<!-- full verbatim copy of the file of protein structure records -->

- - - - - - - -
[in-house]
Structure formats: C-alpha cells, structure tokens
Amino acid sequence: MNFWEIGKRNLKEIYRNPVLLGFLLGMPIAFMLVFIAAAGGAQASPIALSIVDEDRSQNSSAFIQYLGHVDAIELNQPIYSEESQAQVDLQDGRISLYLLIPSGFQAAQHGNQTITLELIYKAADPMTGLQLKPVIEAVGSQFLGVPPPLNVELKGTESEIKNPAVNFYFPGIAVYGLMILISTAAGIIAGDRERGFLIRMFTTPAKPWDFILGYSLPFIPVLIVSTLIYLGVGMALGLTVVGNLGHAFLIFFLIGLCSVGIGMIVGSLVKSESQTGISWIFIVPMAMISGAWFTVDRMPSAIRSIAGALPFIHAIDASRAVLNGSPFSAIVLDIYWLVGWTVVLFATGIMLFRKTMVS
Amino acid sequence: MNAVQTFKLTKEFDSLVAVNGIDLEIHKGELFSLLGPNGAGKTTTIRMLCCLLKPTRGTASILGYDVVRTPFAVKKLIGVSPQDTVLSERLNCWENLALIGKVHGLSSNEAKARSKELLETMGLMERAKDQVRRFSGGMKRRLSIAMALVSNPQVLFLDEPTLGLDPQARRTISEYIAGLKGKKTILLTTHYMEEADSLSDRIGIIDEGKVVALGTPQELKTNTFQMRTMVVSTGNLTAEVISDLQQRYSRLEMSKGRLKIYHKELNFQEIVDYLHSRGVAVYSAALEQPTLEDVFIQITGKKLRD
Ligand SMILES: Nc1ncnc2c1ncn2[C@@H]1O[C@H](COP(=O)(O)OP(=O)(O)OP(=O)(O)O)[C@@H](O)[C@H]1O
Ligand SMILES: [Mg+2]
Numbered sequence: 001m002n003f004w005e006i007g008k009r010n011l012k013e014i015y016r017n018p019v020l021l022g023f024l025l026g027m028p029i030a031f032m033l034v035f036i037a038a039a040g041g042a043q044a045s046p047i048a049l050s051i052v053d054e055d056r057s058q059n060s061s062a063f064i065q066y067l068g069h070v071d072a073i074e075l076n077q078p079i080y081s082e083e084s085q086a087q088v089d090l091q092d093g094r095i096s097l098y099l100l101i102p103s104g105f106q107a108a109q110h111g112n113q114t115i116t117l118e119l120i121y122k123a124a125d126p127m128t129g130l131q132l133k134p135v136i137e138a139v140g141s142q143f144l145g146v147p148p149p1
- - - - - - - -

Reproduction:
[in-house]
Structure formats: C-alpha cells, structure tokens
Amino acid sequence: MNFWEIGKRNLKEIYRNPVLLGFLLGMPIAFMLVFIAAAGGAQASPIALSIVDEDRSQNSSAFIQYLGHVDAIELNQPIYSEESQAQVDLQDGRISLYLLIPSGFQAAQHGNQTITLELIYKAADPMTGLQLKPVIEAVGSQFLGVPPPLNVELKGTESEIKNPAVNFYFPGIAVYGLMILISTAAGIIAGDRERGFLIRMFTTPAKPWDFILGYSLPFIPVLIVSTLIYLGVGMALGLTVVGNLGHAFLIFFLIGLCSVGIGMIVGSLVKSESQTGISWIFIVPMAMISGAWFTVDRMPSAIRSIAGALPFIHAIDASRAVLNGSPFSAIVLDIYWLVGWTVVLFATGIMLFRKTMVS
Amino acid sequence: MNAVQTFKLTKEFDSLVAVNGIDLEIHKGELFSLLGPNGAGKTTTIRMLCCLLKPTRGTASILGYDVVRTPFAVKKLIGVSPQDTVLSERLNCWENLALIGKVHGLSSNEAKARSKELLETMGLMERAKDQVRRFSGGMKRRLSIAMALVSNPQVLFLDEPTLGLDPQARRTISEYIAGLKGKKTILLTTHYMEEADSLSDRIGIIDEGKVVALGTPQELKTNTFQMRTMVVSTGNLTAEVISDLQQRYSRLEMSKGRLKIYHKELNFQEIVDYLHSRGVAVYSAALEQPTLEDVFIQITGKKLRD
Ligand SMILES: Nc1ncnc2c1ncn2[C@@H]1O[C@H](COP(=O)(O)OP(=O)(O)OP(=O)(O)O)[C@@H](O)[C@H]1O
Ligand SMILES: [Mg+2]
Numbered sequence: 001m002n003f004w005e006i007g008k009r010n011l012k013e014i015y016r017n018p019v020l021l022g023f024l025l026g027m028p029i030a031f032m033l034v035f036i037a038a039a040g041g042a043q044a045s046p047i048a049l050s051i052v053d054e055d056r057s058q059n060s061s062a063f064i065q066y067l068g069h070v071d072a073i074e075l076n077q078p079i080y081s082e083e084s085q086a087q088v089d090l091q092d093g094r095i096s097l098y099l100l101i102p103s104g105f106q107a108a109q110h111g112n113q114t115i116t117l118e119l120i121y122k123a124a125d126p127m128t129g130l131q132l133k134p135v136i137e138a139v140g141s142q143f144l145g146v147p148p149p1